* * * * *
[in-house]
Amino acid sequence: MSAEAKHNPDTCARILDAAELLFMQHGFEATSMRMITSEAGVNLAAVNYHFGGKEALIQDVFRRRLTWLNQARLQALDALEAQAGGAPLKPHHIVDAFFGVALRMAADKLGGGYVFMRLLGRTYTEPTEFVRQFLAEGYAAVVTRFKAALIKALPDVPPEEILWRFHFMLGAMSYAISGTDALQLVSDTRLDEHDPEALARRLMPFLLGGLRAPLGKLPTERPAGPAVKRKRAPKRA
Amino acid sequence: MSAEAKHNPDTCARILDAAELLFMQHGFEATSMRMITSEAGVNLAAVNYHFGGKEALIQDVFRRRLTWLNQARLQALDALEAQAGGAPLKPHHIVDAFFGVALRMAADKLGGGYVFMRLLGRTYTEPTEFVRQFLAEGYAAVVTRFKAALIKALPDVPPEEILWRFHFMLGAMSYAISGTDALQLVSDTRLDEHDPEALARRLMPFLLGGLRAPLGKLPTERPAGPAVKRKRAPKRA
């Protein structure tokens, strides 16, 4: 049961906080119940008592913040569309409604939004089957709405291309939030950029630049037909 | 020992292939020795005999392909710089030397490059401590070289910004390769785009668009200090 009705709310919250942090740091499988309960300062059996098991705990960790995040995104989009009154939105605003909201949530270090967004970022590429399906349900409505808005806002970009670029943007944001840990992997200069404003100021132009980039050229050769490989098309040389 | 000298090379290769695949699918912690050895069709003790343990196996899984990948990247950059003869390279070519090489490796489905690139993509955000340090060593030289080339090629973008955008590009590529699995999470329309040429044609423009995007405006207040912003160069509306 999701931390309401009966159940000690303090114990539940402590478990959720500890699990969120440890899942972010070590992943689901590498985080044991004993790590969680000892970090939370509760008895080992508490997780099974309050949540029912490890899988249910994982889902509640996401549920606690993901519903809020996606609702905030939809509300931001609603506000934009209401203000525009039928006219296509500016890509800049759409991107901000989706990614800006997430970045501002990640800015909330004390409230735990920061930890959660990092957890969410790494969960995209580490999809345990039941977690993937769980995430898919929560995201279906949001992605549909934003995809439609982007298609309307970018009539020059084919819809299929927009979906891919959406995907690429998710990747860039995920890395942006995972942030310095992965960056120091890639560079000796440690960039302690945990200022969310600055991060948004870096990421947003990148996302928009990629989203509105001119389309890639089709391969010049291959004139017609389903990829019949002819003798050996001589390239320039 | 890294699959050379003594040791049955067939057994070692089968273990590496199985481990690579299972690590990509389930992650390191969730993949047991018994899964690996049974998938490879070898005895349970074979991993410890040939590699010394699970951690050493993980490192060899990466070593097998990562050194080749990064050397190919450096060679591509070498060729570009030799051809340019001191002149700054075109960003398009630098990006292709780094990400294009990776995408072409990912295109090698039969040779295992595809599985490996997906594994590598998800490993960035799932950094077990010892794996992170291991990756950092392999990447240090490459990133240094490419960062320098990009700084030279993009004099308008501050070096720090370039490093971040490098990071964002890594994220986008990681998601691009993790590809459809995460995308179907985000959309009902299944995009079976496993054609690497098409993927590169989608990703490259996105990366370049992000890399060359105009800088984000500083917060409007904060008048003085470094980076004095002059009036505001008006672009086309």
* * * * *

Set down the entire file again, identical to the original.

[in-house]
Amino acid sequence: MSAEAKHNPDTCARILDAAELLFMQHGFEATSMRMITSEAGVNLAAVNYHFGGKEALIQDVFRRRLTWLNQARLQALDALEAQAGGAPLKPHHIVDAFFGVALRMAADKLGGGYVFMRLLGRTYTEPTEFVRQFLAEGYAAVVTRFKAALIKALPDVPPEEILWRFHFMLGAMSYAISGTDALQLVSDTRLDEHDPEALARRLMPFLLGGLRAPLGKLPTERPAGPAVKRKRAPKRA
Amino acid sequence: MSAEAKHNPDTCARILDAAELLFMQHGFEATSMRMITSEAGVNLAAVNYHFGGKEALIQDVFRRRLTWLNQARLQALDALEAQAGGAPLKPHHIVDAFFGVALRMAADKLGGGYVFMRLLGRTYTEPTEFVRQFLAEGYAAVVTRFKAALIKALPDVPPEEILWRFHFMLGAMSYAISGTDALQLVSDTRLDEHDPEALARRLMPFLLGGLRAPLGKLPTERPAGPAVKRKRAPKRA
């Protein structure tokens, strides 16, 4: 049961906080119940008592913040569309409604939004089957709405291309939030950029630049037909 | 020992292939020795005999392909710089030397490059401590070289910004390769785009668009200090 009705709310919250942090740091499988309960300062059996098991705990960790995040995104989009009154939105605003909201949530270090967004970022590429399906349900409505808005806002970009670029943007944001840990992997200069404003100021132009980039050229050769490989098309040389 | 000298090379290769695949699918912690050895069709003790343990196996899984990948990247950059003869390279070519090489490796489905690139993509955000340090060593030289080339090629973008955008590009590529699995999470329309040429044609423009995007405006207040912003160069509306 999701931390309401009966159940000690303090114990539940402590478990959720500890699990969120440890899942972010070590992943689901590498985080044991004993790590969680000892970090939370509760008895080992508490997780099974309050949540029912490890899988249910994982889902509640996401549920606690993901519903809020996606609702905030939809509300931001609603506000934009209401203000525009039928006219296509500016890509800049759409991107901000989706990614800006997430970045501002990640800015909330004390409230735990920061930890959660990092957890969410790494969960995209580490999809345990039941977690993937769980995430898919929560995201279906949001992605549909934003995809439609982007298609309307970018009539020059084919819809299929927009979906891919959406995907690429998710990747860039995920890395942006995972942030310095992965960056120091890639560079000796440690960039302690945990200022969310600055991060948004870096990421947003990148996302928009990629989203509105001119389309890639089709391969010049291959004139017609389903990829019949002819003798050996001589390239320039 | 890294699959050379003594040791049955067939057994070692089968273990590496199985481990690579299972690590990509389930992650390191969730993949047991018994899964690996049974998938490879070898005895349970074979991993410890040939590699010394699970951690050493993980490192060899990466070593097998990562050194080749990064050397190919450096060679591509070498060729570009030799051809340019001191002149700054075109960003398009630098990006292709780094990400294009990776995408072409990912295109090698039969040779295992595809599985490996997906594994590598998800490993960035799932950094077990010892794996992170291991990756950092392999990447240090490459990133240094490419960062320098990009700084030279993009004099308008501050070096720090370039490093971040490098990071964002890594994220986008990681998601691009993790590809459809995460995308179907985000959309009902299944995009079976496993054609690497098409993927590169989608990703490259996105990366370049992000890399060359105009800088984000500083917060409007904060008048003085470094980076004095002059009036505001008006672009086309």